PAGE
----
The unusual strength of AIGA as a professional association is based on the engagement of its members and their eagerness to create vital communities locally, among themselves. AIGA encourages and welcomes the formation of viable local communities of AIGA members who can add local programming activities and interaction to the ethical standards, global networking and national communication about the value of design.
Establishing an AIGA chapter
is not an activity to be undertaken lightly. The strength of the
organization as a whole depends on each chapter creating and
sustaining an active, growing presence in its community. Programs,
activities and services to members at the local level are critical
to the growth of the organization nationally. To initiate a
chapter, the following steps must be taken.
This process has the potential to take several months and requires significant time and energy from the group’s leadership team. But when complete, it affects your community in highly significant and meaningful ways. If you have further questions, please contact us.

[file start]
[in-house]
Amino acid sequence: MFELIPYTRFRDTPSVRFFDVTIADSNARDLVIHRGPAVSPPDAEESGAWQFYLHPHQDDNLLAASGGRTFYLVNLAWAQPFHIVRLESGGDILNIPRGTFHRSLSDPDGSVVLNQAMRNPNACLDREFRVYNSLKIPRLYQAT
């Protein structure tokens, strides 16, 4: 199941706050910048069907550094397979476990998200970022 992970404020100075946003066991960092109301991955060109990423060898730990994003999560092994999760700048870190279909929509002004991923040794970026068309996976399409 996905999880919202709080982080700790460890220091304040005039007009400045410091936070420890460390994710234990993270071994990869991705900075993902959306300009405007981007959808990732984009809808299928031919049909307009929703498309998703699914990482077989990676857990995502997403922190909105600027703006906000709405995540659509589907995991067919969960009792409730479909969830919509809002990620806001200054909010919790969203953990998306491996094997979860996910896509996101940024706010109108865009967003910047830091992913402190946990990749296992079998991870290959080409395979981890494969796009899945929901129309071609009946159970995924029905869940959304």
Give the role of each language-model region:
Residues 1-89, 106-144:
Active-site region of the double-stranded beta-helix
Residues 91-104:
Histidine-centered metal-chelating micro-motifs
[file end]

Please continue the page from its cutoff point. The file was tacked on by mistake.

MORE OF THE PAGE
Petition for new AIGA chapter
Performance requirements for AIGA chaptersAIGA affiliation charterHow AIGA is organizedSample AIGA bylaws
AIGA has members located around the world, but no international chapters. The reasons are partly practical and partly legal. AIGA is a 501(c)(3) nonprofit organization. Chapters must be individually incorporated as nonprofits, and that's not really possible if they're not located in the United States. AIGA does have a model to welcome international affiliates, international interest groups that function similarly to chapters on the ground but have a different legal and financial relationship with AIGA. If you are interested in forming an international affiliate, contact Katie Baker, director of chapter development, AIGA.
NEW YORK, March 17, 2009. Tasked with developing design solutions to address the global water crisis, design students across the world rose to the challenge in force.
Section: About AIGA -
diversity, social issues, social responsibility, sustainability
Exactly what is user experience (UX) design? In a hands-on workshop lead by Phil Bolles, a DC-based designer and educator, that very question was asked and discussed.
Seeking to change today’s conversation about technology with an interactive exhibition design, the team employed filmmakers, developers, architects, designers and artists to translate science into an emotional and visceral experience for visitors.
Section: Why Design -
Competition, Justified, exhibition design, experience design
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AIGA New York
Member since 2015
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